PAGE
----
Why has the assessment taken place? 

4. ONS population estimates and projections (which use estimates as a base) are used widely by ONS customers, including in the calculation of local government finance settlements. The Department of Communities and Local Government (DCLG) use the population estimates and projections as they are the best available on a consistent basis. If there are biases in the population estimates, such that they are significantly underestimated or overestimated for areas with high BME populations, the distribution of the available funds to those individual local authorities (LAs) might be affected.  
 
5. Currently, the United Kingdom is witnessing a period of significant population change, most notably through high levels of international and internal migration. This makes the measurement of population more difficult, especially at a local level, and increases the risk of biases. ONS has recognised these risks and has established plans for improving its population statistics which are also considered later in this IA. However, concerns have been expressed by key stakeholders that more needs to be done, including by some local authorities, and it represents an opportune time for an impact assessment of this type to see if further actions might be appropriate. 

How was the assessment conducted?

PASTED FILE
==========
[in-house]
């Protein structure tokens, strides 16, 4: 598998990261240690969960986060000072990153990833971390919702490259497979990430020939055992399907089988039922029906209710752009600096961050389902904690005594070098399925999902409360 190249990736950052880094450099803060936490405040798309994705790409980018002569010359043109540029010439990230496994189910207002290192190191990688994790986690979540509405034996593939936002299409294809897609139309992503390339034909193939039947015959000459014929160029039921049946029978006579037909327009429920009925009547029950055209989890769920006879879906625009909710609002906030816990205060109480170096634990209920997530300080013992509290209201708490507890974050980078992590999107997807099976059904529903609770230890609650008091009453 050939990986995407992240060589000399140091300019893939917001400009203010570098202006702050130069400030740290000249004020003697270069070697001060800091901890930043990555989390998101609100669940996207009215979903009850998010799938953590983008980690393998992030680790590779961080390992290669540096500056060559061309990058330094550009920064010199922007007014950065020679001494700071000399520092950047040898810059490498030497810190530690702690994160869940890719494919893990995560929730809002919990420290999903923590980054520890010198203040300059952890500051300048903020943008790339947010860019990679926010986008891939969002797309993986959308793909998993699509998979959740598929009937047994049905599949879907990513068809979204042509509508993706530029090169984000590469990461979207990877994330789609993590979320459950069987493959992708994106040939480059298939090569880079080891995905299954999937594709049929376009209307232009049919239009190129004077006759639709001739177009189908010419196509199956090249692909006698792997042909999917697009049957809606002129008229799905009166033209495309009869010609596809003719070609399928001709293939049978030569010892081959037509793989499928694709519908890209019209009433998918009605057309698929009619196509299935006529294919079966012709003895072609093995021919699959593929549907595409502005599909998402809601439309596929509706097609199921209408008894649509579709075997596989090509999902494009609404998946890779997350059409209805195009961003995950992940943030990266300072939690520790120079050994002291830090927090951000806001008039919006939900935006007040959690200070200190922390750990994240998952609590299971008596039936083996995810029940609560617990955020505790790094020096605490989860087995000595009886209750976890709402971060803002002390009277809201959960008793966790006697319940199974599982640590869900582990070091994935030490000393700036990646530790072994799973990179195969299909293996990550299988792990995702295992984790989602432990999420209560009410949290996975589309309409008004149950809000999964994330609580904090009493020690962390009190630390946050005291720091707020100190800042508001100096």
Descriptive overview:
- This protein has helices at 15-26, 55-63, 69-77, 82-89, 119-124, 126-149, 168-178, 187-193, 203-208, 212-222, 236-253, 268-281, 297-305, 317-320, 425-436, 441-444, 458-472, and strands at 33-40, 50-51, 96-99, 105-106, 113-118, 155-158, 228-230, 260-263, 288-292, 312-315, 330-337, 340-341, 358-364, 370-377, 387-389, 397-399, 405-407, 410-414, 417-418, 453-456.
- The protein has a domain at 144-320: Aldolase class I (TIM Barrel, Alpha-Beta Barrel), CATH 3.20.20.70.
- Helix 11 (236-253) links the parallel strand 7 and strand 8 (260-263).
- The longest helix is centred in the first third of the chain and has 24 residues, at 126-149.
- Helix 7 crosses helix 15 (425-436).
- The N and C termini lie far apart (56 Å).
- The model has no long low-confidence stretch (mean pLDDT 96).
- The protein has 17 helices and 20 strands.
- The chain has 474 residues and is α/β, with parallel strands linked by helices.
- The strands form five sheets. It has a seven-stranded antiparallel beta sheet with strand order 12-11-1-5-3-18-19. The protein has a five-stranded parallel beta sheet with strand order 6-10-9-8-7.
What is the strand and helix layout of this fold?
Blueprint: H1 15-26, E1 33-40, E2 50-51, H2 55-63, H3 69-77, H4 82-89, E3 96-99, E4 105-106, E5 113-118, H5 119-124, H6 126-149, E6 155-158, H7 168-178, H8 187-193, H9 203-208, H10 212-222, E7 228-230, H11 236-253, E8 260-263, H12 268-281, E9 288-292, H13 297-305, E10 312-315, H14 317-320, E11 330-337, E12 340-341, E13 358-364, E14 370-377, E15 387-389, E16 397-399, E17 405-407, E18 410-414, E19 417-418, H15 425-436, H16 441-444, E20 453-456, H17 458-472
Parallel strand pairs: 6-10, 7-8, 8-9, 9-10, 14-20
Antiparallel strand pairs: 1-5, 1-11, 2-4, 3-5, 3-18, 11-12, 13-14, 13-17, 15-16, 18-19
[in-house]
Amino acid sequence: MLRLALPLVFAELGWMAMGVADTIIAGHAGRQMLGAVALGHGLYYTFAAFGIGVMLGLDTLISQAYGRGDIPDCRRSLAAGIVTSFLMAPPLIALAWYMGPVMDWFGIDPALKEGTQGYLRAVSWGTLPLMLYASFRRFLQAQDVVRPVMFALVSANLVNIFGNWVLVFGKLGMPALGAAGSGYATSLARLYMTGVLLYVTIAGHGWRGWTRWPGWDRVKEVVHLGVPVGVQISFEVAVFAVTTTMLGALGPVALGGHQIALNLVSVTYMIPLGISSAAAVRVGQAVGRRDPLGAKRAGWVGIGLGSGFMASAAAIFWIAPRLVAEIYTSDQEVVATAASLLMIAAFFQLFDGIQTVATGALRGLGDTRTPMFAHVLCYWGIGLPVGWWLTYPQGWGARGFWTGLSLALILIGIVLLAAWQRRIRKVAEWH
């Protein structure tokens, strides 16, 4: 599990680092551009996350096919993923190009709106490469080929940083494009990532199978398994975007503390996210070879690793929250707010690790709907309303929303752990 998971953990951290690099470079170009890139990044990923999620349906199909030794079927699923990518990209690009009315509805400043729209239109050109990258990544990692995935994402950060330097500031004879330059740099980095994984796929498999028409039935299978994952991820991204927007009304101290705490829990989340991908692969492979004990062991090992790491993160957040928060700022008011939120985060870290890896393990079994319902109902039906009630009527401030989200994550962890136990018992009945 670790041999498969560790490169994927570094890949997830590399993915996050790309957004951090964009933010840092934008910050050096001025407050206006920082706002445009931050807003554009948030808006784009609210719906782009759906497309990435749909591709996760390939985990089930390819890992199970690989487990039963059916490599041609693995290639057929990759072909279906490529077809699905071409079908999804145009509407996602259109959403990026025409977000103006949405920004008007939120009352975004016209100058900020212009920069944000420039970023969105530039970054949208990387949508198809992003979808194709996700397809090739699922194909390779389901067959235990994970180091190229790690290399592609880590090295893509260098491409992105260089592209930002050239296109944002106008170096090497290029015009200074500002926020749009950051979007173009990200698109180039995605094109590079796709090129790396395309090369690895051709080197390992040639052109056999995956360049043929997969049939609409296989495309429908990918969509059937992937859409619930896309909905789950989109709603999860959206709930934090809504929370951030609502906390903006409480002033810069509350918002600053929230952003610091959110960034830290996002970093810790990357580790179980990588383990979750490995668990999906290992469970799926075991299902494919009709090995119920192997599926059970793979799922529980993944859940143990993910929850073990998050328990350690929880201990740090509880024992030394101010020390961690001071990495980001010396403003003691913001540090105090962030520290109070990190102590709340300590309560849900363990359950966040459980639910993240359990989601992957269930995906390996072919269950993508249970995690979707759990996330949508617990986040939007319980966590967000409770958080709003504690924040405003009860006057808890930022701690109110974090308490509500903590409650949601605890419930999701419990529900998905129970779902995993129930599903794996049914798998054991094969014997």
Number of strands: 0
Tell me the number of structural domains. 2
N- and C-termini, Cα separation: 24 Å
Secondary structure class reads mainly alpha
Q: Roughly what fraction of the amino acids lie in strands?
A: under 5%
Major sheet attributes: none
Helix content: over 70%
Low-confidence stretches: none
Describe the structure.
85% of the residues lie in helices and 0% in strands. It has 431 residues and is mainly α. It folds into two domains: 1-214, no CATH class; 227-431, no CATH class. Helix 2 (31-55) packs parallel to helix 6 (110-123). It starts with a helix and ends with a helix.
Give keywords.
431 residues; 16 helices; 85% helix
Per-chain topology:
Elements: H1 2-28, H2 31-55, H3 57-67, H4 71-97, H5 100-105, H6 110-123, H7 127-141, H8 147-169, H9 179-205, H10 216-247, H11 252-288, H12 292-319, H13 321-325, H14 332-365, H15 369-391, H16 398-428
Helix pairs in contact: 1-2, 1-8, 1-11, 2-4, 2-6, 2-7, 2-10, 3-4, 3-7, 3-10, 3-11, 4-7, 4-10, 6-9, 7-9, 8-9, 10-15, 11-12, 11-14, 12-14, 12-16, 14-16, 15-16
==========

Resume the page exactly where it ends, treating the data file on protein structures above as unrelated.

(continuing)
6. The Assessment starts by considering the background to how population estimates are produced by ONS and the likely areas of greatest risk (Annex 1). The RRA 2000 states that any race impact assessment should be proportionate to the degree of relevance to race equality. Consequently, the approach taken with this IA has been to focus in particular on the migration component of population change, both international and internal, which is recognised as being the most difficult to measure reliably and therefore offers the highest level of risk. There is a brief consideration of the other components of population change, ie births and deaths, while recognising that the completeness of coverage in these areas offers less scope for bias. 
 
7. An initial data analysis and assessment was then conducted, going into some detail (Annex 2). The analysis looks at levels of migration into/out of local authorities against percentages of the population by ethnic group to ascertain whether there is a relationship. It then considers how the mid-year population estimates for local authorities that were being used prior to the 2001 Census, compare with those based on the 2001 Census results, and plots the differences by BME proportions to see if there are signs of bias in the estimation methodology. There are some broad, high level comparisons made of international migrant numbers from the so-called A8 countries (the recent EU Accession countries) to see to what extent the International Passenger Survey is identifying such migrants. Finally, there are comparisons drawn between high levels of migration, ethnicity and changes in patient register stocks to assess to what extent there may be the risk of bias in estimates of internal migration.